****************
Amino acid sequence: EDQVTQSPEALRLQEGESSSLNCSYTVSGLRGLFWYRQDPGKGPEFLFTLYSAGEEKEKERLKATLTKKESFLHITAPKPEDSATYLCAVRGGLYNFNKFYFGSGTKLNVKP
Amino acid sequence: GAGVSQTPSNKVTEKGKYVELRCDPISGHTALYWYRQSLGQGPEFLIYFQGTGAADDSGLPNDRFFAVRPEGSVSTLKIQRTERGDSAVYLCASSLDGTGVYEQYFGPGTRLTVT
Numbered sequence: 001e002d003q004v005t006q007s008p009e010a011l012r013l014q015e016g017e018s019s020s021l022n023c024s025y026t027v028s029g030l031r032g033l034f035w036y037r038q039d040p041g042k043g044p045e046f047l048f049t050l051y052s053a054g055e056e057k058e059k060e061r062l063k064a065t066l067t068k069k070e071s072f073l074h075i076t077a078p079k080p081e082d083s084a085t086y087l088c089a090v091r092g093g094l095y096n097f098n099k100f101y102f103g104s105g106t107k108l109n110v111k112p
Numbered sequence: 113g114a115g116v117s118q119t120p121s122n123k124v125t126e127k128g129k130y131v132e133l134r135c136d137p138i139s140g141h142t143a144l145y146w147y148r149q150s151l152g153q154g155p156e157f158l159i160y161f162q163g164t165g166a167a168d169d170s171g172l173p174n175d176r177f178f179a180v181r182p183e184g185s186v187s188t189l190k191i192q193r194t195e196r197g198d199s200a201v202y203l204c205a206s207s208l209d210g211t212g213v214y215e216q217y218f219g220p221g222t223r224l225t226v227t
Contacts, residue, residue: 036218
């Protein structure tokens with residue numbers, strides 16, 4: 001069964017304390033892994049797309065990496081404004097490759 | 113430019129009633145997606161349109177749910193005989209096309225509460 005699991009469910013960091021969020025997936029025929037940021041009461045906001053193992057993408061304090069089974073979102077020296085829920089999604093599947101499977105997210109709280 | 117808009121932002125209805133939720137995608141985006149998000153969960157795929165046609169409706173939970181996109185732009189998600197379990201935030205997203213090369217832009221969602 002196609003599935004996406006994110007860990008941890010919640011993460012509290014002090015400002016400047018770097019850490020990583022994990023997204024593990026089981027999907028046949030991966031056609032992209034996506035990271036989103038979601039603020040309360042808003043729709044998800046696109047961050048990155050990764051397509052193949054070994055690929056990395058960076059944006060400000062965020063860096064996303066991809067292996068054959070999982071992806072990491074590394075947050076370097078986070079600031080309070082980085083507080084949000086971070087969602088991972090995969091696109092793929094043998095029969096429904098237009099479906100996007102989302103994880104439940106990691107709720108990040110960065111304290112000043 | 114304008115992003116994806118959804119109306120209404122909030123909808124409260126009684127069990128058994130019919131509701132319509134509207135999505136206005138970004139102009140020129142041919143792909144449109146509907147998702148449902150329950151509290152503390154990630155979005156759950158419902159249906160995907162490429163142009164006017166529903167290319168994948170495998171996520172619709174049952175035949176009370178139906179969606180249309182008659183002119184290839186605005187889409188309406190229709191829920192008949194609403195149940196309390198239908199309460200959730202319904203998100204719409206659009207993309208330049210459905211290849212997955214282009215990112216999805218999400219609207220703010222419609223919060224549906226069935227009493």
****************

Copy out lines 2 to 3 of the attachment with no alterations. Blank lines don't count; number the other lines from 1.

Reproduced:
Amino acid sequence: GAGVSQTPSNKVTEKGKYVELRCDPISGHTALYWYRQSLGQGPEFLIYFQGTGAADDSGLPNDRFFAVRPEGSVSTLKIQRTERGDSAVYLCASSLDGTGVYEQYFGPGTRLTVT
Numbered sequence: 001e002d003q004v005t006q007s008p009e010a011l012r013l014q015e016g017e018s019s020s021l022n023c024s025y026t027v028s029g030l031r032g033l034f035w036y037r038q039d040p041g042k043g044p045e046f047l048f049t050l051y052s053a054g055e056e057k058e059k060e061r062l063k064a065t066l067t068k069k070e071s072f073l074h075i076t077a078p079k080p081e082d083s084a085t086y087l088c089a090v091r092g093g094l095y096n097f098n099k100f101y102f103g104s105g106t107k108l109n110v111k112p